TEMPE, Ariz. -- Even though Arizona Cardinals coach Kliff Kingsbury said his relationship with Cleveland Browns quarterback Baker Mayfield is "in a good place," Kingsbury wishes he had handled Mayfield's situation differently when he coached the quarterback at Texas Tech in 2013.
"Obviously, I'd like to have that gone differently and handled things differently," Kingsbury said Wednesday. "You live and you learn, and I'm just glad we're in a good place now.
"Any of those guys I've ever worked with, I want [them] to be successful and I appreciate the work that I was able to do with them."
Kingsbury's Cardinals will face Mayfield's Browns at State Farm Stadium on Sunday.
At the Browns' facility in Berea, Ohio, Mayfield agreed with Kingsbury's assessment of their relationship.
"It was a long time ago. We've talked since. Played against him a few times since. It's exactly that: We're in a good place," he said.
Asked why, Mayfield said: "Passage of time, conversation, I think all of the above. It's in the past. What happened happened and we've moved forward."
Mayfield, who walked on to the Red Raiders as a freshman, transferred to Oklahoma after the 2013 season because he felt Kingsbury did not communicate well with him after he suffered a knee injury following a 5-0 start.
Mayfield told ESPN in 2014 that he was "clueless as to why I wasn't playing" when Texas Tech began losing once he was healthy, and that there was a lot of uncertainty on a week-to-week basis about where he stood with Kingsbury. What sealed his decision to transfer, he said then, was when Texas Tech couldn't commit to offering him a scholarship for his sophomore season.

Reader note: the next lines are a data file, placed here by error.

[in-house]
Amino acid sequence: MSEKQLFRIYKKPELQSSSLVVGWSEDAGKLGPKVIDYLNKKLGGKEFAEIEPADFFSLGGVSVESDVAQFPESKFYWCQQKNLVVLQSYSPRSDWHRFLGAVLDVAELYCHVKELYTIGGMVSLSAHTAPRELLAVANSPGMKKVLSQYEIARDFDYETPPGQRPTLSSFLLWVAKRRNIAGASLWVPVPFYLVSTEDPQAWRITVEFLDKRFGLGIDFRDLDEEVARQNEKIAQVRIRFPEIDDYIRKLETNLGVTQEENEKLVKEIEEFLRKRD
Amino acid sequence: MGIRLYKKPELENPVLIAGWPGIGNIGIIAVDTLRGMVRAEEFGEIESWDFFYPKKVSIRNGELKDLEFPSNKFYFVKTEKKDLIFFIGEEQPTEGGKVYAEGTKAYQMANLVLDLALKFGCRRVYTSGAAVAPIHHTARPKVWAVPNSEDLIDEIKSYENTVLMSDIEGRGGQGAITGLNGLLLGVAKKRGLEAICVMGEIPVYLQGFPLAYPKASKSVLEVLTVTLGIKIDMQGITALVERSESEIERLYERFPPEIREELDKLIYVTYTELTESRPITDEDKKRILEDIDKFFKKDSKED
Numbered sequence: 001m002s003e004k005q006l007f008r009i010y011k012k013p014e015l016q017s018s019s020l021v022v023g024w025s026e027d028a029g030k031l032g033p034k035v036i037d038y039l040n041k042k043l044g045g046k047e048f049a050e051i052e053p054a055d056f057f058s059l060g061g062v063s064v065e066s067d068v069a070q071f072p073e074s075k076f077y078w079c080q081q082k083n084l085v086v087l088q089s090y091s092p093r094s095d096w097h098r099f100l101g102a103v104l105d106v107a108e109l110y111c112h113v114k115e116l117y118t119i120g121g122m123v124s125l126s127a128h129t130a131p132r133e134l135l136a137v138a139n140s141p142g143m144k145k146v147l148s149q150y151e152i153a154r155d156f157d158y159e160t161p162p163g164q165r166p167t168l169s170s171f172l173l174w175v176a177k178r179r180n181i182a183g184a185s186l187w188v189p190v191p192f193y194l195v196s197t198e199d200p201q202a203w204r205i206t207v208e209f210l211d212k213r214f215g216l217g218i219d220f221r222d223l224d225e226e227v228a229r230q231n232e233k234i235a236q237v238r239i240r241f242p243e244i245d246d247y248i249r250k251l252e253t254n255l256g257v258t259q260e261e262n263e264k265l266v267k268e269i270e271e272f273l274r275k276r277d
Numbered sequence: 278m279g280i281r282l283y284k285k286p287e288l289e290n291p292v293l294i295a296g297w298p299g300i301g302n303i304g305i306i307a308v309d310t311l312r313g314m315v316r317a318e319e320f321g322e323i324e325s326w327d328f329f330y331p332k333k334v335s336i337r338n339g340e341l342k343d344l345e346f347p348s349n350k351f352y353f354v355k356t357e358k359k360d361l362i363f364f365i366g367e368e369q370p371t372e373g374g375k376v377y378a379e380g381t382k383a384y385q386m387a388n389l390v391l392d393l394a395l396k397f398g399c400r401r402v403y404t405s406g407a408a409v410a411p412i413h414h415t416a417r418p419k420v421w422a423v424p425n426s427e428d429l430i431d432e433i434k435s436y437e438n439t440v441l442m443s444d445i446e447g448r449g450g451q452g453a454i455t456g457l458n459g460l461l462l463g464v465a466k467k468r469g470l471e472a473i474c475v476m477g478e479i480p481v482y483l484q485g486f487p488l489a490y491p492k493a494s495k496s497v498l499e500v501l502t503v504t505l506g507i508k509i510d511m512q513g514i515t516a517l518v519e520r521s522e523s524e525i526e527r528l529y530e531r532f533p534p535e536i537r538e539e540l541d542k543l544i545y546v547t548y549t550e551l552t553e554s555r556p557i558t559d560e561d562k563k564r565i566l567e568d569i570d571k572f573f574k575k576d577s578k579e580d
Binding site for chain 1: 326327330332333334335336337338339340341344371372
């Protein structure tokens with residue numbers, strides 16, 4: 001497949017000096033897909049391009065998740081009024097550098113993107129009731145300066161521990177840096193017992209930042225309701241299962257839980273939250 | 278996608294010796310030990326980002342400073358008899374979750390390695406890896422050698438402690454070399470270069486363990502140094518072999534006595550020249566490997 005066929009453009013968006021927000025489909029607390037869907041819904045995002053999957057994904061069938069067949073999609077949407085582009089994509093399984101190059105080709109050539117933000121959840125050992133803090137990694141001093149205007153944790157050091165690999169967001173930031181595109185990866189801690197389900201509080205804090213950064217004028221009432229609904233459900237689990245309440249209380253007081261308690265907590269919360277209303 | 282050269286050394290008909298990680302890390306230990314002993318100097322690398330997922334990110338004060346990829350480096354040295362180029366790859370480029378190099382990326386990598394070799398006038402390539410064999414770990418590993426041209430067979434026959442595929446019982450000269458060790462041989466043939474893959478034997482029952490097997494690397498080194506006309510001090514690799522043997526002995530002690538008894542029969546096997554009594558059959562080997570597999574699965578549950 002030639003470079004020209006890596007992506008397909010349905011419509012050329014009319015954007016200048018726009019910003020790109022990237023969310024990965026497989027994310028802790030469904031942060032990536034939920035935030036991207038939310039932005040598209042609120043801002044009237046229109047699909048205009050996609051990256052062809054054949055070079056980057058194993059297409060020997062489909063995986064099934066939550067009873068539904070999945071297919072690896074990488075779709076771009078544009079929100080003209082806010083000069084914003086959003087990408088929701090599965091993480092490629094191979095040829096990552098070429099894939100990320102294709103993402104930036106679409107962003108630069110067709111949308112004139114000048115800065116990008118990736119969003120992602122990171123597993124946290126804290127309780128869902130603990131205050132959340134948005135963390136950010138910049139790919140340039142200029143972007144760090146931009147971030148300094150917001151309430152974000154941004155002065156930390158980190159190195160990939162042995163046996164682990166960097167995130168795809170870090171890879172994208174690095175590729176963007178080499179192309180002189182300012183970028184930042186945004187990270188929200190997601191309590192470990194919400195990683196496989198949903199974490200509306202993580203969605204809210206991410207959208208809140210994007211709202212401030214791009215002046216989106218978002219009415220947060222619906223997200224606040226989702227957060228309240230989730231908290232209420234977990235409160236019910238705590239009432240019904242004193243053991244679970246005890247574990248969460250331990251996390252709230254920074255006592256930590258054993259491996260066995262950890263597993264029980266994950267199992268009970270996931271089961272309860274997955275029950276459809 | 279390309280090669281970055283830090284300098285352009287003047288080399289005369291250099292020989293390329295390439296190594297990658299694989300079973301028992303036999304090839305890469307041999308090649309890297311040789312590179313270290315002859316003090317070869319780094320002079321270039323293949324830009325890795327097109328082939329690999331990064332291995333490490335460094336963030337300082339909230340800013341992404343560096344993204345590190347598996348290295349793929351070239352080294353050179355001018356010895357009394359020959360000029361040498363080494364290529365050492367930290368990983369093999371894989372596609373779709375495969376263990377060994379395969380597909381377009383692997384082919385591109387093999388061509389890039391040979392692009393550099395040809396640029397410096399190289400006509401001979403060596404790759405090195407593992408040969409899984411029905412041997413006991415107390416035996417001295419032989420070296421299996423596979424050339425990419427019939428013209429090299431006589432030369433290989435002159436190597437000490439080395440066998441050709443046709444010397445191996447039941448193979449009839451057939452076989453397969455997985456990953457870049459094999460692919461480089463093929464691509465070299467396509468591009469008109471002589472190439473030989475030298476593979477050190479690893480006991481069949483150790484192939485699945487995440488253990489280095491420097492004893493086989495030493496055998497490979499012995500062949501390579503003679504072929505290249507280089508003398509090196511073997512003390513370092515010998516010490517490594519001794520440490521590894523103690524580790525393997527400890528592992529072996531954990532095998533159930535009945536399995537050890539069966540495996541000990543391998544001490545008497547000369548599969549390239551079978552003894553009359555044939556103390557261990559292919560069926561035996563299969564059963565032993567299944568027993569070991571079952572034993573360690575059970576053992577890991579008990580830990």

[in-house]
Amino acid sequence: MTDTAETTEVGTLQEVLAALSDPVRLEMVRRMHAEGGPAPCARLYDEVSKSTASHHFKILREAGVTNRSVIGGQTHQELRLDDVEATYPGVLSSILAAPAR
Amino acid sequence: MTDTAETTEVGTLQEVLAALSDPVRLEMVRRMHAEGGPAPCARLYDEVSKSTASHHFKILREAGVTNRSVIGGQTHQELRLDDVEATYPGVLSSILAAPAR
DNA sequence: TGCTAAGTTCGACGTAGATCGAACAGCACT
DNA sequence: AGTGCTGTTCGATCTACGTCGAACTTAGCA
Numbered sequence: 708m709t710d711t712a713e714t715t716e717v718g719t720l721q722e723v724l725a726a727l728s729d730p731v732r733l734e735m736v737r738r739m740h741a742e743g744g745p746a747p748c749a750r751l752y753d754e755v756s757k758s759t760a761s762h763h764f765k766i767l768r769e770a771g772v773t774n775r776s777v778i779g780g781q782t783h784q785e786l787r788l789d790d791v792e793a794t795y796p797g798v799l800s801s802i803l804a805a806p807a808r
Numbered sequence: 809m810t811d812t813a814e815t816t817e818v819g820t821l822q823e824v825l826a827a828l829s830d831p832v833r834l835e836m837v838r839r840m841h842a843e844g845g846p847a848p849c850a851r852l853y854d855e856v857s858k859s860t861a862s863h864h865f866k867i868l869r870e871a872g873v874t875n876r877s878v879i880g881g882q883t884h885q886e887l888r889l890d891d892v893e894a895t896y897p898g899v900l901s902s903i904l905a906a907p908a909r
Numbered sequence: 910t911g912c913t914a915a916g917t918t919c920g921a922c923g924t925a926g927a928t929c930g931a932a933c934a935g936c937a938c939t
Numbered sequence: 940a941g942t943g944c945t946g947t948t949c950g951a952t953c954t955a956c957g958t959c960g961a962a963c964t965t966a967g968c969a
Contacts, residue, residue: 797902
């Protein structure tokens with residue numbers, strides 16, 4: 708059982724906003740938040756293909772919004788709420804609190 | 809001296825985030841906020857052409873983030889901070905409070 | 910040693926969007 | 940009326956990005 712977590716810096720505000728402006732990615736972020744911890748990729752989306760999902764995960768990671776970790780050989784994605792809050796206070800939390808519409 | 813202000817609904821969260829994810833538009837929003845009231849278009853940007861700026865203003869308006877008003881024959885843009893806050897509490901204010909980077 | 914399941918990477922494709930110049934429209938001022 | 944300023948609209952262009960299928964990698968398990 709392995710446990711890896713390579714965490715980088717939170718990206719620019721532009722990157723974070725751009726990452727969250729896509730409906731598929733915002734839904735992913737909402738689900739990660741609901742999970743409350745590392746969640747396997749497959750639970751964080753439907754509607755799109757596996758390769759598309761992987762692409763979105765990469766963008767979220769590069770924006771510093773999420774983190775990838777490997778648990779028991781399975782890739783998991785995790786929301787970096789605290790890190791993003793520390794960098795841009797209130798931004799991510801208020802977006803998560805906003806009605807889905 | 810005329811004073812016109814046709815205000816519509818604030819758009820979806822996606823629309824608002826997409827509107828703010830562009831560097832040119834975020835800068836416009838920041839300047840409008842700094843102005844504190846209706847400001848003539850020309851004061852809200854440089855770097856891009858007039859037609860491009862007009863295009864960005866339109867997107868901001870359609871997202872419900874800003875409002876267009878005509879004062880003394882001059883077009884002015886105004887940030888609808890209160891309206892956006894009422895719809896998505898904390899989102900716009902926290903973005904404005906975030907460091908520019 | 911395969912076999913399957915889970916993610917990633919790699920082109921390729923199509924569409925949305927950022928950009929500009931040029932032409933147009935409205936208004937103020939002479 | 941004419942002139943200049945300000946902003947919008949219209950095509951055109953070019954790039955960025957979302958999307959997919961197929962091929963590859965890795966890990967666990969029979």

The two have since worked out their differences, Kingsbury said.
"Yeah, we've talked," Kingsbury said. "We're in a good place, and [I'm] always excited to see how he's playing and his career and what he's done. Being at ground zero of that deal and where it started to where it is now is phenomenal. You got to give him all the credit in the world. Every level he goes to, he continues to excel and prove people wrong."
Kingsbury said he spoke to Mayfield at this year's Kentucky Derby.
"He knows how I feel about him as a player, as a person ... [and] has for a number of years," Kingsbury said.
When Kingsbury recruited Mayfield to Texas Tech amid offers from New Mexico, Florida Atlantic, Rice and Washington State, "you could see [Mayfield was] very talented," Kingsbury said. "We already had a quarterback committed, but [we] really liked what we saw and continued to recruit him and stay on him. We felt like he could play at a high level, and it worked out."
The game will feature another reunion, as Mayfield will be going against Cardinals rookie quarterback Kyler Murray, his teammate at Oklahoma.
Murray was Mayfield's backup in 2017, when Mayfield won the Heisman Trophy. Murray became the starter in 2018 -- after Mayfield became the No. 1 pick in the NFL draft -- and also won the Heisman Trophy en route to becoming the No. 1 selection in the draft.
"They'll be fired up for this one," Kingsbury said. "There's no doubt. Yeah, they'll both be ready to rock."
Mayfield and Murray are close friends off the field; Murray attended Mayfield's wedding and often refers to him as "Bakes."
"Yeah, it's going to be fun," Murray said. "I haven't seen him in a while, so I'm looking forward to that, but at the same time, it's kind of special just being able to be on the same field, opposing teams, and just playing against him is obviously special."
Murray was asked what's he's learned from Mayfield.
"I learned what not to do," he said, laughing. "No, I always got to sit back and just watch. I'd give him stuff for it behind the scenes. We all would. To the public, obviously, he's kind of a rebellious guy, but he's a great dude. I look forward to playing against him on Sunday."
Kingsbury said the two are very similar.
"Very competitive, obviously it starts there," Kingsbury said. "Both are winners, have been winners their entire life. Hate to lose at anything. Kyler is more of an introvert than Baker, but both effective leaders in their own right."
ESPN's Jake Trotter contributed to this report.